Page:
Sunday, May 22, 2011

Should I be concerned about the ants in my computer?

Maybe I have eaten cookies too close to my laptop's keyboard, and a few crumbs have fallen between the keys. That's the only explanation I can come up with to account for the invasion of the tiny ants into my computer. And without a vacuum cleaner, I'm not sure how to suck up the crumbs, let alone the insects. Fortunately the ants seem to be a seasonal occurrence, so in a few weeks they may disappear. Meantime, I have troops of ants marching around in my computer.

These tiny ants also somehow manage to get into the boiled water while it is cooling. And they are so exceptionally tiny that they are visible, but hard to fish out. So I have told the kids, as I give them drinks, that it is okay to drink a few ants--they add protein to their diet.

This week I have been thinking about my "only in Zambia" experiences. These might happen in other places, but my encounters have been here. I'll share a few.

Some of the women from church told me one day that there is a Bible study every Friday afternoon for our zone. They wanted me to know that I would be welcome to attend, someone would translate from Bemba for me. I told them I would come whenever I could, and wrote it in my calendar. So the next Friday, I walked to church, where a few women were beginning to gather. They greeted me warmly. Then the women who had invited me to come asked if I would like to lead the Bible study. "Today?" I asked. They nodded. I don't know if the intended leader was ill or if they felt asking me to present was a polite thing to do. I thought the best response was yes. Was there a particular Scripture for the study? Apparently not, I could choose. I decided that my strength for a spur-of-the-moment topic was forgiveness, so I chose several passages and led a discussion of its importance, value, and difficulty of in our lives. Various people shared; forgiveness is always a juicy topic.

Similarly, as an "invited guest" at a fundraiser or other festive occasion, I have been asked unexpectedly to make a few remarks or to "give a word of encouragement." Now I try to remember to come prepared.

Few people keep pets here. There are stray cats that wander around the campus, at their own risk. Cats, especially black cats, are seen as symbols of witchcraft or of evil. Children might throw stones at them. A small black cat started coming by my door, and since I spoke kindly to him, he adopted me. I decided not to try to make him a house cat, but just to feed him at the back door. After awhile, I began to try to pet him. As soon as he saw me move my arm, he would run and hide, afraid of being hit. It has taken months to win his confidence, but he will only come to be stroked when no one else is near. The belief in witchcraft persists in Zambia, even among educated urban dwellers, and cats suffer for it. So do widows. Often the relatives of the husband will accuse the widow of killing her husband by poison or witchcraft. Of course, this allegation helps to justify their repossession of all of the late husband's belongings and property. This situation exists in many developing countries, not only in Zambia.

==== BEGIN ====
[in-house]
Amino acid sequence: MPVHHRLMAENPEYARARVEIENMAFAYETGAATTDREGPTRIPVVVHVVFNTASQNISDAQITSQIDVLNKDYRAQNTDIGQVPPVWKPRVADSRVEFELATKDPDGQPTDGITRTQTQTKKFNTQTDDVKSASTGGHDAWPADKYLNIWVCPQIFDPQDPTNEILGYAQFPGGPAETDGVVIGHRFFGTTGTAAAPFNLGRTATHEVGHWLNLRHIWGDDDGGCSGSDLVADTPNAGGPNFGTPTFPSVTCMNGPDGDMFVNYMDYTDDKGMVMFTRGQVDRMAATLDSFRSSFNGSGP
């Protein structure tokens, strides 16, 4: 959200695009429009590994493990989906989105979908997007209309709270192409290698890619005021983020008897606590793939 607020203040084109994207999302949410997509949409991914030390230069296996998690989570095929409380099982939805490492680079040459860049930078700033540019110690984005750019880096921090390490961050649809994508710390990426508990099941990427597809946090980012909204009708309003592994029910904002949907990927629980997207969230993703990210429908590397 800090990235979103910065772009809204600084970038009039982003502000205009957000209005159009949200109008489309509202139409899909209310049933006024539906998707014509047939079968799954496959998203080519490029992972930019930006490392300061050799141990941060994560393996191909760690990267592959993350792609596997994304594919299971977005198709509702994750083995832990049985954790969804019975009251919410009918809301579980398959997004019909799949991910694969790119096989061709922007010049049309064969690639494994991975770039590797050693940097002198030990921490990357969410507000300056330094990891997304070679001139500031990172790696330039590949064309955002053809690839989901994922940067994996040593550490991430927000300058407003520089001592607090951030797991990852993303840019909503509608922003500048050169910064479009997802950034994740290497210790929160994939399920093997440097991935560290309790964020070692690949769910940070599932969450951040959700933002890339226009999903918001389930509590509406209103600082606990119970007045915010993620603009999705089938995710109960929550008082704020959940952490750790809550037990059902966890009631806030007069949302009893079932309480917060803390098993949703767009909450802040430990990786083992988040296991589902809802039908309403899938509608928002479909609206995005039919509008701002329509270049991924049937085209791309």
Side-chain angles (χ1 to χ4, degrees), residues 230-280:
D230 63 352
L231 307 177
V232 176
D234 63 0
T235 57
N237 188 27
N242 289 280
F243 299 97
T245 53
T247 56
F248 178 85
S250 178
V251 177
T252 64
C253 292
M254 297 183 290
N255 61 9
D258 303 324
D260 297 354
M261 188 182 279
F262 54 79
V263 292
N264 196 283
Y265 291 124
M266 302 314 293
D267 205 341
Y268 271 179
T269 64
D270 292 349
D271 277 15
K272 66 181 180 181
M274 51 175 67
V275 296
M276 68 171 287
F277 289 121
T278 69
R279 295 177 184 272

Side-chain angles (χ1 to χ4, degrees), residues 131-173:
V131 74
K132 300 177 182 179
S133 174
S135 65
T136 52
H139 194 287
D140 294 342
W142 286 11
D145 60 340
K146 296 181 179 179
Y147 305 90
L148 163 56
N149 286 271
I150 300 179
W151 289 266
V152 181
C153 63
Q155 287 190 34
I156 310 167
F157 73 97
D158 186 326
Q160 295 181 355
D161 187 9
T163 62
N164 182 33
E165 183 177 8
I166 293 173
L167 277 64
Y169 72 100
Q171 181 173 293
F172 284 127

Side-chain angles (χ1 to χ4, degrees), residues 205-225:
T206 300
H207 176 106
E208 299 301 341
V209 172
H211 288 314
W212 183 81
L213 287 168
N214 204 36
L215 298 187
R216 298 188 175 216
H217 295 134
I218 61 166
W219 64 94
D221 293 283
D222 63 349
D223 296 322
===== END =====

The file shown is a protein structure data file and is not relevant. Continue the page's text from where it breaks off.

Here, it is common for people to drop by for a friendly visit at any time of the day or evening, without advance notice, and sometimes with no particular purpose except to greet you and talk for a few minutes. It reminds me of when I was a child living out in the country, where people might come by on a Sunday afternoon to sit and chat. Only in Zambia, though, have I had visitors at 6 am, even once on a Saturday. Those early birds have generally been students with a request or a purpose. They have morning prayers at 5 am some mornings, so I guess most of them are dressed and ready to go at daybreak.

One of my favorite "only in Zambia" experiences is the spontaneous dancing in church. If the choir is singing a favorite praise song in Bemba, with a strong beat, some of the women, older as well as younger, will spill into the aisles and begin to dance. The spirited movement, and the ululations, are testimony to their openness and their joy. I am aware of how often my inhibitions prevent me from doing something expressive, and I try to learn from these women.

Living in a different culture is a constantly enriching experience. I recommend it to other retirees!

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